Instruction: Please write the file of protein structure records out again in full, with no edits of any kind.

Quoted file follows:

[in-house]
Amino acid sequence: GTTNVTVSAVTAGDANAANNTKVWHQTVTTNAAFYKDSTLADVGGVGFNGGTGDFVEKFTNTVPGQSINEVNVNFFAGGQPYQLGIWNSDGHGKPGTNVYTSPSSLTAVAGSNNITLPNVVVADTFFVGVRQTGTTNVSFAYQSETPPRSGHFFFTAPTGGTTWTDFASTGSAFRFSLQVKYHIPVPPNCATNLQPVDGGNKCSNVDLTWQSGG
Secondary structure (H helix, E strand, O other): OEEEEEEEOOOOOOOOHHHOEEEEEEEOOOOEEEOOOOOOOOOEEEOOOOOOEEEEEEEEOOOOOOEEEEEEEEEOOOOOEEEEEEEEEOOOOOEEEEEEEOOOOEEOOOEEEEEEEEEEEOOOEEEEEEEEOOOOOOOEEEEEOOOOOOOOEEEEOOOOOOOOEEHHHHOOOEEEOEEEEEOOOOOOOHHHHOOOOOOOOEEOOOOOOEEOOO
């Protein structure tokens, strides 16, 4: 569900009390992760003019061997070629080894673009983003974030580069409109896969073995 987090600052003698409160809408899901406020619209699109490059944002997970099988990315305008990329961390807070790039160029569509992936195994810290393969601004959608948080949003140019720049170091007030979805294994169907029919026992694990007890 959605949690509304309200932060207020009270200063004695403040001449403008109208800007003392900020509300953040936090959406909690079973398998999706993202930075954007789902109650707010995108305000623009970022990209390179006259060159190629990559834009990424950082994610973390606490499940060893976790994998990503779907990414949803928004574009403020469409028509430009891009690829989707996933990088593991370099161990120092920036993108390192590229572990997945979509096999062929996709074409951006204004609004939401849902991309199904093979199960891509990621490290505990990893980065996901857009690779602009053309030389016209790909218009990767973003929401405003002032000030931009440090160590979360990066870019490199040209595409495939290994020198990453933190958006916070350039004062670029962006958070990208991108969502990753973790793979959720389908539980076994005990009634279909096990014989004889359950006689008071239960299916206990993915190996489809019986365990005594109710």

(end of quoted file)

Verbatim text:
[in-house]
Amino acid sequence: GTTNVTVSAVTAGDANAANNTKVWHQTVTTNAAFYKDSTLADVGGVGFNGGTGDFVEKFTNTVPGQSINEVNVNFFAGGQPYQLGIWNSDGHGKPGTNVYTSPSSLTAVAGSNNITLPNVVVADTFFVGVRQTGTTNVSFAYQSETPPRSGHFFFTAPTGGTTWTDFASTGSAFRFSLQVKYHIPVPPNCATNLQPVDGGNKCSNVDLTWQSGG
Secondary structure (H helix, E strand, O other): OEEEEEEEOOOOOOOOHHHOEEEEEEEOOOOEEEOOOOOOOOOEEEOOOOOOEEEEEEEEOOOOOOEEEEEEEEEOOOOOEEEEEEEEEOOOOOEEEEEEEOOOOEEOOOEEEEEEEEEEEOOOEEEEEEEEOOOOOOOEEEEEOOOOOOOOEEEEOOOOOOOOEEHHHHOOOEEEOEEEEEOOOOOOOHHHHOOOOOOOOEEOOOOOOEEOOO
């Protein structure tokens, strides 16, 4: 569900009390992760003019061997070629080894673009983003974030580069409109896969073995 987090600052003698409160809408899901406020619209699109490059944002997970099988990315305008990329961390807070790039160029569509992936195994810290393969601004959608948080949003140019720049170091007030979805294994169907029919026992694990007890 959605949690509304309200932060207020009270200063004695403040001449403008109208800007003392900020509300953040936090959406909690079973398998999706993202930075954007789902109650707010995108305000623009970022990209390179006259060159190629990559834009990424950082994610973390606490499940060893976790994998990503779907990414949803928004574009403020469409028509430009891009690829989707996933990088593991370099161990120092920036993108390192590229572990997945979509096999062929996709074409951006204004609004939401849902991309199904093979199960891509990621490290505990990893980065996901857009690779602009053309030389016209790909218009990767973003929401405003002032000030931009440090160590979360990066870019490199040209595409495939290994020198990453933190958006916070350039004062670029962006958070990208991108969502990753973790793979959720389908539980076994005990009634279909096990014989004889359950006689008071239960299916206990993915190996489809019986365990005594109710």